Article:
• Guardian 
  • Intelligent
  • Comical 
  • Protective 

Old English Sheepdog Training

Old English Sheepdogs are intelligent, which makes training easy. However, like other dogs, they need early socialization, obedience training, and puppy training classes. Bobtails are active and look forward to the training sessions; activities like playing fetch and frisbee help in training regarding behavioral corrections. 

Old English Sheepdog’s workout session requires patience and consistency. They are sensitive to any adverse reactions and need positive reinforcement while training. They do not respond to harsh commands; hence lots of praise, cuddles, and treats can help during the training. Their activity can include the following:

Here are a few dog interactive toys and products that you can use while training:

ASOCEA Dog Extendable Teaser Wand
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Ultra Tug & Toss Dog Toy
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Dog Puzzle Toys
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Milk-Bone Soft & Chewy Dog Treats
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Blue Buffalo Health Bars
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Trainability Overview

Easy to trainHigh 
Prey driveMedium
Mouthiness tendenciesLow
Barking and Howling tendenciesLow
Wanderlust tendenciesLow

Old English Sheepdog Exercise Need

Old English Sheepdogs have massive bodies but are highly active, energetic, and get enough exercise. A daily exercise routine of 30-60 minutes is ideal for keeping the dog’s mental and physical stimulation intact. Walking 2-3 times daily with running and play keeps the dog happy and healthy. They excel in activities like agility and flyball. In addition, they enjoy running, walking, hiking, and indoor games. A proper exercise routine helps the dog with the following benefits:

  • Social interaction
  • Weight Control
  • Stress Relief
  • Behavioral Corrections like excessive chewing, persistent barking
  • Brain stimulation
  • Strengthening Muscles
  • Routine Toileting
  • Mental health and happiness

Here are a few puzzles and dog toys to keep your Bobtails engaged:

Nina Ottosson Interactive Treat Puzzle Game Dog Toys
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TOMAHAUK Snuffle Mat for Dogs
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TRIXIE Dog Activity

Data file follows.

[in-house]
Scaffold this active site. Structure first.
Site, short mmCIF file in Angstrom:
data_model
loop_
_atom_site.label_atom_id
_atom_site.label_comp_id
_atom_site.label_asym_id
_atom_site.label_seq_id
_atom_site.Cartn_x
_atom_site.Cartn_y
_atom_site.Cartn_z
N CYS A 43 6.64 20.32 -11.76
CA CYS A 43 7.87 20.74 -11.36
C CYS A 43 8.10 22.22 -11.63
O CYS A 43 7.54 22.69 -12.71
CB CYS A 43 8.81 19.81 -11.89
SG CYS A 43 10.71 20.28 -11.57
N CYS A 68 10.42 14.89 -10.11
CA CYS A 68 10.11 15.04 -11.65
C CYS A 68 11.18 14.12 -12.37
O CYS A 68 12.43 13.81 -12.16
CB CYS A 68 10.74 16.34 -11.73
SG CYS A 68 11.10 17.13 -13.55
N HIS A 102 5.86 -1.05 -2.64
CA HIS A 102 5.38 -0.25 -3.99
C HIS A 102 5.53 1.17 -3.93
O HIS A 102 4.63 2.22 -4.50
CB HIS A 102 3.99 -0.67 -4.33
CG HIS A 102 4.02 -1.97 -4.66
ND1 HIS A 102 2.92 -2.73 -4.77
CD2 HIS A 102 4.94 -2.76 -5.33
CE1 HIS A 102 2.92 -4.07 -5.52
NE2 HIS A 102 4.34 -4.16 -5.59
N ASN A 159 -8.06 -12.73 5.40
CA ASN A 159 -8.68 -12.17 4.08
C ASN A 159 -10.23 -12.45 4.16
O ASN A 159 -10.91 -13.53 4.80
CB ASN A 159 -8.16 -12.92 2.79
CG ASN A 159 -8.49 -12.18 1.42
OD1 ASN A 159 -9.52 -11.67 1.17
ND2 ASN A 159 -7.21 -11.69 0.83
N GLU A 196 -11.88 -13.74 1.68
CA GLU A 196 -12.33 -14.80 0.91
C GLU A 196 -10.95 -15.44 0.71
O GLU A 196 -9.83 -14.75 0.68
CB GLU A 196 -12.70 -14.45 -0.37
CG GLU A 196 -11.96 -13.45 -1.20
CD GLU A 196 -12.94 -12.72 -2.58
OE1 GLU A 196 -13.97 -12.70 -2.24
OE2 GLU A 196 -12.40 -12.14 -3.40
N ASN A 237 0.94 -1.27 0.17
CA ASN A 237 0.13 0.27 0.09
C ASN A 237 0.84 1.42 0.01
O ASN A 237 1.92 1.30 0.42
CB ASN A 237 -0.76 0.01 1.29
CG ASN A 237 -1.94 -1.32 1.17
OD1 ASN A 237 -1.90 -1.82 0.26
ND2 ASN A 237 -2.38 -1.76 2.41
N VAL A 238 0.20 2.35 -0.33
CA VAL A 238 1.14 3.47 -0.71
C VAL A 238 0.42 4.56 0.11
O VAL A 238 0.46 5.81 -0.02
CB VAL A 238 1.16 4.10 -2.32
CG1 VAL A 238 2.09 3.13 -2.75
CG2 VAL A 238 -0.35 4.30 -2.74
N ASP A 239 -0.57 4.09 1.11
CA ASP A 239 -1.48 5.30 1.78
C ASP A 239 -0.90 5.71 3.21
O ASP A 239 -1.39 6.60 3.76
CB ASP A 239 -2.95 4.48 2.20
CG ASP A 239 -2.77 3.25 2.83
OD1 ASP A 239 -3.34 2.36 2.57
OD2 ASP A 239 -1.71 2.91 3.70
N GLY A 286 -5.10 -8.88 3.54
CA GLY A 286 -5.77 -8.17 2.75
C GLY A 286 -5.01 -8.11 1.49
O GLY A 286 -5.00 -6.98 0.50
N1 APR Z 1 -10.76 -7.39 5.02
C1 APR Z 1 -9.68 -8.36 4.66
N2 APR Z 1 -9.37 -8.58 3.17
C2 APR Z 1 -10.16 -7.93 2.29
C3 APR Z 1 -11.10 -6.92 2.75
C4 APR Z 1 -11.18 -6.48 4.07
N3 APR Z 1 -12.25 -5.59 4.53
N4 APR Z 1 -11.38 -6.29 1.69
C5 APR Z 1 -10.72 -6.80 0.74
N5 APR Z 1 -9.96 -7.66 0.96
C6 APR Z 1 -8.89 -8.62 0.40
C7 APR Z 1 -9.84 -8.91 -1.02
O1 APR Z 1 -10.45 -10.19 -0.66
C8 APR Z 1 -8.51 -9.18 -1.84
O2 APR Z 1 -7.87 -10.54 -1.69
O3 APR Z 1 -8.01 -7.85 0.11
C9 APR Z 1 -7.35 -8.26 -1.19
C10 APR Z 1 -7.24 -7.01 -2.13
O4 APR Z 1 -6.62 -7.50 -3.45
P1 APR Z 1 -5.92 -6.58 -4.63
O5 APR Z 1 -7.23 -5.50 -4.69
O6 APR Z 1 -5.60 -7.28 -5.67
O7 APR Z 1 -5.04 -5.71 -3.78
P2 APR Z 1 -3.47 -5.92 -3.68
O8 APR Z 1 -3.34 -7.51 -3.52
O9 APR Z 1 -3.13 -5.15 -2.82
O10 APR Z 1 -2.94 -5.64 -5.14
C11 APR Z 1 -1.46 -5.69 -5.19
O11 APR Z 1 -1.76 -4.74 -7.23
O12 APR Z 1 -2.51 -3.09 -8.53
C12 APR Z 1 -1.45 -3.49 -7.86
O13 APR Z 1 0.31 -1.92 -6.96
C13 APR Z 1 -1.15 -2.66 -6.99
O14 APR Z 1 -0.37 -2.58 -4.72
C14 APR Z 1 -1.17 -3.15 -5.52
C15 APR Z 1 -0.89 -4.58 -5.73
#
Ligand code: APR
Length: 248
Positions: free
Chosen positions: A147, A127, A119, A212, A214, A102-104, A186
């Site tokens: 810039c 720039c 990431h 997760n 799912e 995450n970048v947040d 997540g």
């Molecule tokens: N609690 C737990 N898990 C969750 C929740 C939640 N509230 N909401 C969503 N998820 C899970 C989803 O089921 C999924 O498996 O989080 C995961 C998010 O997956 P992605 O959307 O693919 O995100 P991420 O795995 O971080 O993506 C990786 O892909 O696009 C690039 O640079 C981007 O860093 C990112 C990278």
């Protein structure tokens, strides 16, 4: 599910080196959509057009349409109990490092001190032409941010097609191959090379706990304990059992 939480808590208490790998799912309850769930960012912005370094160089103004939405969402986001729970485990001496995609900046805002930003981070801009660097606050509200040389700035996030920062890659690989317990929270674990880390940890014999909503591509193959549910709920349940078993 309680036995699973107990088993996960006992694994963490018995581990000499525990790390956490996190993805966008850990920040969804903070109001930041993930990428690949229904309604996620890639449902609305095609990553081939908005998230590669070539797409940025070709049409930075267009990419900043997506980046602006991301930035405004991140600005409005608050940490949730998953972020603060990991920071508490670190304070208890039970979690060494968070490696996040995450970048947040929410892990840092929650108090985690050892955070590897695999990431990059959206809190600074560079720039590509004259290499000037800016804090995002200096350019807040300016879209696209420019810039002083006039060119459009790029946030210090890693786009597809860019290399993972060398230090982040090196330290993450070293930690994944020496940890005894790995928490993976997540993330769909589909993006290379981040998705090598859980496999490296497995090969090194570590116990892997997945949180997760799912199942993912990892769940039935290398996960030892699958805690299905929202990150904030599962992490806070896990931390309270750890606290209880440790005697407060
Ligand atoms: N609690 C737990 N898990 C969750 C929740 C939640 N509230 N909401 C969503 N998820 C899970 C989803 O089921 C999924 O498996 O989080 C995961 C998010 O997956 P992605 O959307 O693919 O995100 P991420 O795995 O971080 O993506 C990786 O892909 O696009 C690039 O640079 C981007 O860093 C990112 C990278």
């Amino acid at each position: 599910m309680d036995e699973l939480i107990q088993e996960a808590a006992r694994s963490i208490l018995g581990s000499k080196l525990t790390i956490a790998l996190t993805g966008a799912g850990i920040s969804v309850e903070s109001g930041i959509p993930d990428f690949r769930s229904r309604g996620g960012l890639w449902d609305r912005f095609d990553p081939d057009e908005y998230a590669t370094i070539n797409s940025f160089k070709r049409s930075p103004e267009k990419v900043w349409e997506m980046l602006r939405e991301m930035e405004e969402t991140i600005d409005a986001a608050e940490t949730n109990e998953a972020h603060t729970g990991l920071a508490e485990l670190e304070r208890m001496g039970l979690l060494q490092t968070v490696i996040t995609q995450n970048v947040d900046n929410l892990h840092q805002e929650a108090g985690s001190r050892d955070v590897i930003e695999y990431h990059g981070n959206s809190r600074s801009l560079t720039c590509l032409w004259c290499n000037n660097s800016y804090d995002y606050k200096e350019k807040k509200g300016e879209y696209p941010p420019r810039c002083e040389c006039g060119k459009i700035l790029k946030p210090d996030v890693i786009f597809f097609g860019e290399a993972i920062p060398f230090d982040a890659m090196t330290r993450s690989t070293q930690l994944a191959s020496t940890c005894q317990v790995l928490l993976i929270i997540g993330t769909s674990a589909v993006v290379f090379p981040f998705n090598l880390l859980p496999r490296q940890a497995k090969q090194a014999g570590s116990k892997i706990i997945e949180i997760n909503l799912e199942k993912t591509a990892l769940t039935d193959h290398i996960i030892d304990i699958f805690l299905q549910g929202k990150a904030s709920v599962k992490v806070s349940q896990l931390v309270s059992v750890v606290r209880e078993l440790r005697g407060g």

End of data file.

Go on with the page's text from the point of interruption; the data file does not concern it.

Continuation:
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LOOBANI Dog Food Puzzle
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Benebone Wishbone Durable Dog Chew Toy
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Pacific Pups Products
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Exercise Needs Overview

Energy levelHigh
Exercise needsHigh 

Old English Sheepdog Grooming

Old English Sheepdogs are double-coated and have shaggy coats. They shed heavily and can have seasonal shedding during the spring. As a result, they are not easy to groom and must be brushed 2-3 times per week. Brushing helps remove matted hair and pull out the loose fur during shedding. 

One of the essential parts of grooming is bathing which keeps the dog clean. You can bathe your dog once a week using pH-balanced shampoos; pet wipes keep his coat fresh, clean, and shiny. Frequent bathing may cause dry skin and itches. However, daily brushing helps to keep the fur from knots and tangles.

WAHL Dry Skin & Itch Relief Pet Shampoo for Dogs
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Earth Rated Dog Wipes
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Bobtails are prone to collect ear wax quickly. Hence, ears should be cleaned and regularly checked as they are prone to ear problems. Brush their teeth daily to prevent plaque and other dental problems. Never brush their teeth with a stiff brush, as it will harm the gums and teeth. Also, make sure to use dog-friendly toothpaste. 

Vet’s Best Enzymatic Dog Toothpaste
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Arm & Hammer for Pets Tartar Control Kit for Dogs
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Virbac EPIOTIC Advanced Ear Cleanser
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OPULA Dog Eye Wipes
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Also, clean their eyes and trim their nails as a part of everyday grooming needs. Their toenails must be checked once a week as longer nails may harm and injure the dog. You can trim the toenails with a commercial dog nail trimmer or with the help of a vet or professional groomer.

Dudi Dog Nail Clippers and Trimmers
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Pet Union Professional Dog Grooming Kit
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Grooming Overview

Easy to groomLow 
Drooling tendenciesHigh 
Amount of sheddingLow

Old English Sheepdog Health

Old English Sheepdogs are healthy and active dogs. Yet, it’s always wise to be aware of their health conditions. 

Health Overview

General healthHigh 
Weight gain tendenciesHigh to medium

Deafness: While some dogs are born deaf, others may develop it with age. While hereditary deafness is due to genetic defects, acquired deafness results from decreased blood supply to the cochlea of the inner ear, which results in the loss of hair cells necessary for sound transmission. Deafness may affect unilaterally (deafness in one ear) or bilaterally (deafness in both ears). Bilaterally deaf dogs require some special considerations. To get to know your pet better, you can adopt a reliable scientific test called the BAER (Brainstem Auditory Evoked Response), which helps you detect deafness in dogs.

Hypothyroidism is a condition in which a dog’s metabolism is slowed due to the lack of thyroid hormone production. Symptoms are: 

  • Lethargy  
  • Gaining weight  
  • Reluctance to work out  
  • Hair Loss 

Progressive Retinal Atrophy: Many eye infections involve the retina’s slow deterioration. In the initial phases, puppies become night-blind. As it progresses, they lose their eyesight during the daytime as well. However, most canines slowly adapt to their slight or complete sight loss as long as their home surroundings remain the same.